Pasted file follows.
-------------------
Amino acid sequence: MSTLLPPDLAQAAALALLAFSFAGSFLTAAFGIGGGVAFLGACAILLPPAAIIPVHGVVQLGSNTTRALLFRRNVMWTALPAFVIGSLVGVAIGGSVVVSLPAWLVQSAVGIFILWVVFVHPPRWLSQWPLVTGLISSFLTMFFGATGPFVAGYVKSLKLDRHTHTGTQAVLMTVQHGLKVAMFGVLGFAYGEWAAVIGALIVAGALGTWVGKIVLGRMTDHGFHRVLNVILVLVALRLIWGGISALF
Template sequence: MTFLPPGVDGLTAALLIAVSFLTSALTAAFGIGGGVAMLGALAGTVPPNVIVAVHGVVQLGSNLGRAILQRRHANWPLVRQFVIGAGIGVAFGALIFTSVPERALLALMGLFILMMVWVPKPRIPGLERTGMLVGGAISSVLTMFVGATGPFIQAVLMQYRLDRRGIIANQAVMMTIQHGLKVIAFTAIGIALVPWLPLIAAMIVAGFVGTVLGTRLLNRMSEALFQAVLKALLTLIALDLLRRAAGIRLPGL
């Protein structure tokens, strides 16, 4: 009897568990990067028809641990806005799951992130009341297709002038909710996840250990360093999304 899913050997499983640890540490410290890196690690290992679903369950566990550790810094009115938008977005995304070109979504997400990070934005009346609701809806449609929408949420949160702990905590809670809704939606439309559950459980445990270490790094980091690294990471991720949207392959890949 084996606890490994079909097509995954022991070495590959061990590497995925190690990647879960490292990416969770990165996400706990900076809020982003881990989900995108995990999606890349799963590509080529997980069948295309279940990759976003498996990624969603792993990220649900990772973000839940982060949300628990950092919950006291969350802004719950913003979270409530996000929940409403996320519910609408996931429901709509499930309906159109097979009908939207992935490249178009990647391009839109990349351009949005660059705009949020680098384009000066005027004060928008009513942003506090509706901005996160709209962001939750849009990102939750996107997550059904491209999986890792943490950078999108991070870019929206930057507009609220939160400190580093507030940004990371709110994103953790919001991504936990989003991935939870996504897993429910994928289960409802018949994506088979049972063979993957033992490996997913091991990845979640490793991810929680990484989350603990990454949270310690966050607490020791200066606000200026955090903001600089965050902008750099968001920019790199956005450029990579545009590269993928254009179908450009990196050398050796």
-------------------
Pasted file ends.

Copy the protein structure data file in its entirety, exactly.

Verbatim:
Amino acid sequence: MSTLLPPDLAQAAALALLAFSFAGSFLTAAFGIGGGVAFLGACAILLPPAAIIPVHGVVQLGSNTTRALLFRRNVMWTALPAFVIGSLVGVAIGGSVVVSLPAWLVQSAVGIFILWVVFVHPPRWLSQWPLVTGLISSFLTMFFGATGPFVAGYVKSLKLDRHTHTGTQAVLMTVQHGLKVAMFGVLGFAYGEWAAVIGALIVAGALGTWVGKIVLGRMTDHGFHRVLNVILVLVALRLIWGGISALF
Template sequence: MTFLPPGVDGLTAALLIAVSFLTSALTAAFGIGGGVAMLGALAGTVPPNVIVAVHGVVQLGSNLGRAILQRRHANWPLVRQFVIGAGIGVAFGALIFTSVPERALLALMGLFILMMVWVPKPRIPGLERTGMLVGGAISSVLTMFVGATGPFIQAVLMQYRLDRRGIIANQAVMMTIQHGLKVIAFTAIGIALVPWLPLIAAMIVAGFVGTVLGTRLLNRMSEALFQAVLKALLTLIALDLLRRAAGIRLPGL
């Protein structure tokens, strides 16, 4: 009897568990990067028809641990806005799951992130009341297709002038909710996840250990360093999304 899913050997499983640890540490410290890196690690290992679903369950566990550790810094009115938008977005995304070109979504997400990070934005009346609701809806449609929408949420949160702990905590809670809704939606439309559950459980445990270490790094980091690294990471991720949207392959890949 084996606890490994079909097509995954022991070495590959061990590497995925190690990647879960490292990416969770990165996400706990900076809020982003881990989900995108995990999606890349799963590509080529997980069948295309279940990759976003498996990624969603792993990220649900990772973000839940982060949300628990950092919950006291969350802004719950913003979270409530996000929940409403996320519910609408996931429901709509499930309906159109097979009908939207992935490249178009990647391009839109990349351009949005660059705009949020680098384009000066005027004060928008009513942003506090509706901005996160709209962001939750849009990102939750996107997550059904491209999986890792943490950078999108991070870019929206930057507009609220939160400190580093507030940004990371709110994103953790919001991504936990989003991935939870996504897993429910994928289960409802018949994506088979049972063979993957033992490996997913091991990845979640490793991810929680990484989350603990990454949270310690966050607490020791200066606000200026955090903001600089965050902008750099968001920019790199956005450029990579545009590269993928254009179908450009990196050398050796």